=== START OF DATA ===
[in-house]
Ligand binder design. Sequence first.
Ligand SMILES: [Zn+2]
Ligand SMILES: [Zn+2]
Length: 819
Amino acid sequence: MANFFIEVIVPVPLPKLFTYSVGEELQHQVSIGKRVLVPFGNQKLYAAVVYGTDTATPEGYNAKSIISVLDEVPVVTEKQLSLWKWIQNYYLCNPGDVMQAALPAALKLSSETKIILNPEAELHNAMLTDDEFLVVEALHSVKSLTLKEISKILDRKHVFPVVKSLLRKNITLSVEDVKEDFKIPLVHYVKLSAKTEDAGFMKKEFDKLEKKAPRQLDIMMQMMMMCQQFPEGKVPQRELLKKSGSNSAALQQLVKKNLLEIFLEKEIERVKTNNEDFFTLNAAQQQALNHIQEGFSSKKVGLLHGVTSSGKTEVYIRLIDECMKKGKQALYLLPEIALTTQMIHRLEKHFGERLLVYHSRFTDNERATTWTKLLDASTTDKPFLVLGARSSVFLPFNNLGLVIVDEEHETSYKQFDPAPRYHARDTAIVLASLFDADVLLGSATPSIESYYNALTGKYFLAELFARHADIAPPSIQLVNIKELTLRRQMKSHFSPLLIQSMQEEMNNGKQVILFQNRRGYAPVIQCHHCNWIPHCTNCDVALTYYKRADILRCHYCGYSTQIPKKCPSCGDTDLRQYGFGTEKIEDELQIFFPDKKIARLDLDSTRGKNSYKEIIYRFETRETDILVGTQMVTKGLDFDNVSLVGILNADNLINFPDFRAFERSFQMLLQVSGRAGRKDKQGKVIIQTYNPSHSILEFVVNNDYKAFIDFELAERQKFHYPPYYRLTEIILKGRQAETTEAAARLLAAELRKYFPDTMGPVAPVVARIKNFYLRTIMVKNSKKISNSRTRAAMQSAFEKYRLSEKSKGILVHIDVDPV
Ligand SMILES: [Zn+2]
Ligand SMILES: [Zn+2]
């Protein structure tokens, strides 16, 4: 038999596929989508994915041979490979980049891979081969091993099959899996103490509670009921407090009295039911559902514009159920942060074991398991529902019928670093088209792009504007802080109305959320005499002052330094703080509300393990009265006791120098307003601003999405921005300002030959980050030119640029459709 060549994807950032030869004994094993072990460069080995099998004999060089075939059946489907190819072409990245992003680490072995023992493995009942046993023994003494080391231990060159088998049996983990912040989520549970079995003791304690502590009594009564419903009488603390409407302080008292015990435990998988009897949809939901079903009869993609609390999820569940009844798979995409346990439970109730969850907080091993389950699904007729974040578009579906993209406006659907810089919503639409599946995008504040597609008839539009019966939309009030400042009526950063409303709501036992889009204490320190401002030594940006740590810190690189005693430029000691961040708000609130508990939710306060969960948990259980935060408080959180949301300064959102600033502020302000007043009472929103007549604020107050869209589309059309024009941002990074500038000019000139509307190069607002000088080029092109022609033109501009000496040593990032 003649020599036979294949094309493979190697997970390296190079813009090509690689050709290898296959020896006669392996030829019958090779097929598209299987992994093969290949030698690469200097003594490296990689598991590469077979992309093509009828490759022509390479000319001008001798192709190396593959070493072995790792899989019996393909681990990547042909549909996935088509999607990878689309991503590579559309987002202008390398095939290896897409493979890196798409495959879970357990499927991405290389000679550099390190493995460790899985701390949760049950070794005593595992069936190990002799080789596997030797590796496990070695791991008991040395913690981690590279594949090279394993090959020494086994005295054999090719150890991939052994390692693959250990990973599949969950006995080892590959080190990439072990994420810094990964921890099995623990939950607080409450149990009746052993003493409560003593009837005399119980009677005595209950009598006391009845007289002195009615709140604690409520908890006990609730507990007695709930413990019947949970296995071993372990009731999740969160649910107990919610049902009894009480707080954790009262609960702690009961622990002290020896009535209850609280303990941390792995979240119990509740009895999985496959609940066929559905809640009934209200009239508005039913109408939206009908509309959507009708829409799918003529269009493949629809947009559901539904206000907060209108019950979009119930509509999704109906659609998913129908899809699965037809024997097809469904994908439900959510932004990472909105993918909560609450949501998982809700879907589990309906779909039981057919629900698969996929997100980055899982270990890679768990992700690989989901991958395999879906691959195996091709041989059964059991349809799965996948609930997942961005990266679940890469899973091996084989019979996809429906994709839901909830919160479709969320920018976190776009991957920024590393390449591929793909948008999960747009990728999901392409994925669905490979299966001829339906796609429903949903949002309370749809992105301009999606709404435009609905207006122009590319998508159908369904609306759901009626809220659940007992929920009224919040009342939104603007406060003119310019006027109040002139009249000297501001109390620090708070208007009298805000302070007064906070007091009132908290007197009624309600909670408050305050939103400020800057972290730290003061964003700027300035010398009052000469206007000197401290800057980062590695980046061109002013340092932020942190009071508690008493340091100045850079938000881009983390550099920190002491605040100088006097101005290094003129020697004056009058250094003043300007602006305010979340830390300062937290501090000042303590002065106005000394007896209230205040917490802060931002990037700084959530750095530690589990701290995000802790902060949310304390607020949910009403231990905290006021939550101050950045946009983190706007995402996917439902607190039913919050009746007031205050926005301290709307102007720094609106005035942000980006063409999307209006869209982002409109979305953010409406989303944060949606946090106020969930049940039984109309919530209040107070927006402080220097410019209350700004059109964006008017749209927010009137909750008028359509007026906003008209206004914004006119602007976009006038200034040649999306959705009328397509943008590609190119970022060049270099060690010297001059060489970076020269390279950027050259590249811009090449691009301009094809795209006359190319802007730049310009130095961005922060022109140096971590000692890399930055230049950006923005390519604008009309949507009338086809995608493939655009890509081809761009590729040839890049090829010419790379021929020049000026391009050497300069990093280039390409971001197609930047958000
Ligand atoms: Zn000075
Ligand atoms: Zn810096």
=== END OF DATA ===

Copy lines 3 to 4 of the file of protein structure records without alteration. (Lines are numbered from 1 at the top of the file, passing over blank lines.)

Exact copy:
Ligand SMILES: [Zn+2]
Ligand SMILES: [Zn+2]